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Arterial catheter-related infection according to the catheter site
Critical Care volume 13, Article number: P186 (2009)
Although there are many studies on arterial catheter-related infection (ACRI), there are scarce data on such infection according to the catheter access site. Which particular arterial catheter site is associated with a higher risk of infection remains controversial. The guidelines of the Centers for Disease Control and Prevention make no recommendation about which site or sites minimize the risk of catheter-related infection. In previous studies, we have found a higher incidence of ACRI in arterial femoral than in radial access sites. In the present study, we increased the number of arterial catheters in order to increase the probability of finding significant differences in the incidence of ACRI between other arterial accesses. The objective of this study was to analyze the incidence of ACRI according to different access sites.
We performed a prospective observational study of all consecutive patients admitted to our 24-bed medical and surgical ICU of a 650-bed university hospital during 6 years (1 May 2000 to 30 April 2006). ACRI included catheter-related local infection and catheter-related bloodstream infection.
A total of 1,085 arterial femoral catheters were inserted during 6,497 days, 2,088 radial during 12,007 days, 174 dorsalis pedis catheters during 1,050 days and 141 brachial during 852 days. We detected 33 cases of ACRI (11 with bacteremia and 22 with local infection) in femoral catheters, 12 cases of ACRI (three with bacteremia and nine with local infection) in radial catheters, zero in dorsalis pedis catheters, and zero in brachial catheters. The ACRI incidence per 1,000 arterial catheter days was significantly higher for femoral (5.08) than for radial (1.76) access (OR = 5.1, 95% CI = 2.56 to 10.81; P ≤ 0.001), dorsalis pedis (0) access (OR = 7.6; 95% CI = 1.37 to infinite; P = 0.01) and brachial (0) access (OR = 6.2, 95% CI = 1.11 to infinite; P = 0.03). We did not find significant differences in the ACRI incidence per 1,000 arterial catheter days between radial and dorsalis pedis (OR = 1.5; 95% CI = 0.24 to infinite; P = 0.73); and between radial and brachial access (OR = 1.2; 95% CI = 0.20 to infinite; P = 0.88).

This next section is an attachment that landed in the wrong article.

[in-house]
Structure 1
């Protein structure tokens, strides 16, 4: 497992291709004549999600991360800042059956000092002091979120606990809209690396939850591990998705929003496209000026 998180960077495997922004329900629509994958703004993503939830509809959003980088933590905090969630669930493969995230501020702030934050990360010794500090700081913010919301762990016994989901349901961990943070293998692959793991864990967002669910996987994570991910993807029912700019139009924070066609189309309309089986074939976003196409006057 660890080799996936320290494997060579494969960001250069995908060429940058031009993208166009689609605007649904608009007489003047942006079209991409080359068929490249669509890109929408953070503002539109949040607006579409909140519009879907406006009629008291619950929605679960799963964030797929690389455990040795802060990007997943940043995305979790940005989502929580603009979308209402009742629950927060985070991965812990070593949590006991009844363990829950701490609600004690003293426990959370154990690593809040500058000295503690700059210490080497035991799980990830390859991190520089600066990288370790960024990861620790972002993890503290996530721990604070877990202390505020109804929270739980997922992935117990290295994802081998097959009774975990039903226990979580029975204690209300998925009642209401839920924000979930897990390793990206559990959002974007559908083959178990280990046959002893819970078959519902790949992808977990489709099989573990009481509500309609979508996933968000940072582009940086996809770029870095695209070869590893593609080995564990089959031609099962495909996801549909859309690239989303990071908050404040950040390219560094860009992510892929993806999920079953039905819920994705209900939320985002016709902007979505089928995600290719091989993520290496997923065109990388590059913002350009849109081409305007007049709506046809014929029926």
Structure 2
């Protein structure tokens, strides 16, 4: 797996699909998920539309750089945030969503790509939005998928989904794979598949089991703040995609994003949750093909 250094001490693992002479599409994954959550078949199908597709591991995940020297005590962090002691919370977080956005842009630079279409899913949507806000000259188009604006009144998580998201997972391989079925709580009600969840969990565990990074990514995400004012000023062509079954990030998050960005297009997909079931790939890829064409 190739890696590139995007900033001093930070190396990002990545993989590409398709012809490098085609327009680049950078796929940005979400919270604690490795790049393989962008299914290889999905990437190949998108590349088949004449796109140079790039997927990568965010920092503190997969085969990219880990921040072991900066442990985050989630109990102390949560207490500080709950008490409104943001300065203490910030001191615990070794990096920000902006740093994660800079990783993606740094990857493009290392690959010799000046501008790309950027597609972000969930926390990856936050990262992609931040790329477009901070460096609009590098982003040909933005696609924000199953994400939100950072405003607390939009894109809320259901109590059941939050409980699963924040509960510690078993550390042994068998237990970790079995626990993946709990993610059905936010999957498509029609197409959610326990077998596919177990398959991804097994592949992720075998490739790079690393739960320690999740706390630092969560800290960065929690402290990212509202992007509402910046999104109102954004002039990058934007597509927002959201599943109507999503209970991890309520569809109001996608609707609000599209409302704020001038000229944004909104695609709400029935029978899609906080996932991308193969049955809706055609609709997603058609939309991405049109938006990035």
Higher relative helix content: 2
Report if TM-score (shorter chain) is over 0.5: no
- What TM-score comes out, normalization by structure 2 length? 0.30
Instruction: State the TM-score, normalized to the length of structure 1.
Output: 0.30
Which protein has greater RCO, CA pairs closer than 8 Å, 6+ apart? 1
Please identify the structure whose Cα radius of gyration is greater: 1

Our results suggest that femoral arterial access should be avoided in order to minimize the risk of arterial catheter-related infection.
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Lorente, L., Palmero, S., Iribarren, J. et al. Arterial catheter-related infection according to the catheter site. Crit Care 13 (Suppl 1), P186 (2009). https://doi.org/10.1186/cc7350